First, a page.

When I first became a mother, I knew I’d need a lot of help so I consulted a wide variety of resources from friends to family to professionals. They were all immensely helpful in helping me understand and prepare for raising children. With regards to raising biracial children, however, I felt distinctly alone. No one I knew had done this before, and I was blazing a completely new trail.
So, I turned to my trusty friends The Books. They gave me access to a world I didn’t know, and taught me about things that those from my world could not. The internet and I became quite friendly too, for I was living in quite an isolated world where the internet became my only access to families like ours. These were life-changing gifts, ones that offered me deep insight into how my children’s childhoods might be different than my own, and what I could do to help them develop a healthy identity and view of themselves.Raising biracial children by Kerry Ann Rockquemore and Tracey A. Laszloffy (2005) I’m Chocolate, You’re Vanilla: Raising Healthy Black and Biracial Children in a Race-concious World by Marguerite Wright.
While this book focuses on black children, I found a lot that is quite applicable to biracial children from any background. It’s by far the best book I’ve read on the topic.
Black Books Galore: Guide to Great African American Children’s Books by Donna Rand and Toni Trent Parker
My sister-in-law just recommended this series to me and loves it. Be sure to check out all the other titles in the series.
Check all that apply: Finding wholeness as a multiracial person by Sundee Frazier
A great resource for biracial children and their parents that reflects on how to develop wholeness in biracial identities.
Since teachers spend so much time with our kids, I’ve often longed for teachers who are more aware of how to encourage and affirm my biracial children. These are some great books that help teachers begin to acquire this knowledge.We can’t teach what we don’t know: White teachers, Multiracial Schools by Gary Howard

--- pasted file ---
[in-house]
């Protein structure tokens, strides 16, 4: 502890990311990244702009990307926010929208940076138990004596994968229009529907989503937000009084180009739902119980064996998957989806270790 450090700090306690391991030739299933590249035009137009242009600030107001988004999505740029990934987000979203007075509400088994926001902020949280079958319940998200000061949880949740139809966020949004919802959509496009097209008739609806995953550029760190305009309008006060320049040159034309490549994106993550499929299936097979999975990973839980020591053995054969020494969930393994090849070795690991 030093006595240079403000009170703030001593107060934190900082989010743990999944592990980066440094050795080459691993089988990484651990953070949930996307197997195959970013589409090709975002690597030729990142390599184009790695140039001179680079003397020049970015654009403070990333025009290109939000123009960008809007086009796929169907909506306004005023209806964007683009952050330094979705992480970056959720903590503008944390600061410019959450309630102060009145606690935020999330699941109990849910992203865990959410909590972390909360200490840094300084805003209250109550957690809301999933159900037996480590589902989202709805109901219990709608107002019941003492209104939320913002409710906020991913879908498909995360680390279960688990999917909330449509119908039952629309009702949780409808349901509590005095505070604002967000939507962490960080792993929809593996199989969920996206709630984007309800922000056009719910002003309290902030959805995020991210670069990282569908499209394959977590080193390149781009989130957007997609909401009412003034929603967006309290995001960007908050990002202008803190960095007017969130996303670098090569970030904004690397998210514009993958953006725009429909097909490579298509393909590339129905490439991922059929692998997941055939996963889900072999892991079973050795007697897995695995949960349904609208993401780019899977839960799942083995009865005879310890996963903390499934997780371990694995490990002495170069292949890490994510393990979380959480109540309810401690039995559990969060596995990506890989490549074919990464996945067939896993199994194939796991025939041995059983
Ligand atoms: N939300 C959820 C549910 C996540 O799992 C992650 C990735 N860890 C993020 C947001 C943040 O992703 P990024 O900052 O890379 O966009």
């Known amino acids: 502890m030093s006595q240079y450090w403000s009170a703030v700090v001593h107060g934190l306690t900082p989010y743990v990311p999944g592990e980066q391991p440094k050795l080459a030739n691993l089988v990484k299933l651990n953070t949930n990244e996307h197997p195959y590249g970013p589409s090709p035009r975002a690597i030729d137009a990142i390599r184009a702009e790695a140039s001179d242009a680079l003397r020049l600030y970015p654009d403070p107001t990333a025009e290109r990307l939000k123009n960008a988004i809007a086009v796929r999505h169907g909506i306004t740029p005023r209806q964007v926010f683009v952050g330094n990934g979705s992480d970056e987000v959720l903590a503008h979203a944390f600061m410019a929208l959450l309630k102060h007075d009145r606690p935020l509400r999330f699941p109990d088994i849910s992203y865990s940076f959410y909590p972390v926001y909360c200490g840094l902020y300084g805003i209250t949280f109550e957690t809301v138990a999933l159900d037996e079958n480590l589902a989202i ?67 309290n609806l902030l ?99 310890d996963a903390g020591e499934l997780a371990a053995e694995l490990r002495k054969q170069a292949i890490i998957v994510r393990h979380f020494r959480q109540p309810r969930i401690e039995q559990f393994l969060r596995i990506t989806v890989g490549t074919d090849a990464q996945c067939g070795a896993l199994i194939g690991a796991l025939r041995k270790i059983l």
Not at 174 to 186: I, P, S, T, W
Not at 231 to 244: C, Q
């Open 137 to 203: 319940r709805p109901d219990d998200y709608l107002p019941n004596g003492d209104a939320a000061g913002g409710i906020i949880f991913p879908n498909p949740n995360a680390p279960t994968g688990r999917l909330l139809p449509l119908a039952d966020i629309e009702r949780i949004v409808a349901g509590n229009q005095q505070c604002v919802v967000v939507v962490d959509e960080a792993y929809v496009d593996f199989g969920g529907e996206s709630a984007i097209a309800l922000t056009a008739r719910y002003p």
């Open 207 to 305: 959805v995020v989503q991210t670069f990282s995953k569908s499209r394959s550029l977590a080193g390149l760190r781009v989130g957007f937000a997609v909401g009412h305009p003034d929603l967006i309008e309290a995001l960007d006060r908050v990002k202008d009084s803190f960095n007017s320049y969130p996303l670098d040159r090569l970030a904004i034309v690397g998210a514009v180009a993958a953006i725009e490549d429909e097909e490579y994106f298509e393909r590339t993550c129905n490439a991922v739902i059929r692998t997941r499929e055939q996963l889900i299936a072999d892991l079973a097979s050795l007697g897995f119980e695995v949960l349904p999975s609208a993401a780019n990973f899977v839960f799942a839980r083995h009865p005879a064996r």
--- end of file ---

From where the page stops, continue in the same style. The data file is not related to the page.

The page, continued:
A seminal book in the field, the title pretty much says it all (though the book is worth reading too!).Why are all the black kids sitting together in the cafeteria? and other conversations about race by Beverly Daniel Tatum
I’ve quoted this book a lot recently – it’s another classic that is a great introduction to an understanding of race and psychology. Definitely a must-read for teachers and parents alike.
The book market for books including biracial children is expanding slowly, and these are a few of my favorite ones for younger kids. You can preview all the books on Amazon.
Whoever you are by Mem Fox
The skin you live in by Michael Tyler
How my parents learned to eat by Ina R. Friendman
Two Mrs. Gibsons by Toyomi Igus
Amy Hodgepodge Series by Kim Wayans and Kevin Knotts
Here are a few great lists of multicultural children’s books as well:
- National Education Association – 50 Multicultural Books Every Child Should Read. (Organized by age)
- Reading is Fun – Multicultural Booklists
- Goodreads Best Multicultural Booklist
- 10 Great Multicultural Children’s Books
- 50 diverse chapter book series
A life with subtitles by Sarah Quezada.
Bicultural Mom by Chantilly Patiño.
Biracial Families Blog by Amber
Multiracial Sky by Natasha Sky
Musing Momma by Ellie
What other resources for biracial families do you know about and love? If you have your own blog on raising biracial kids, please leave a link to your blog in the comments!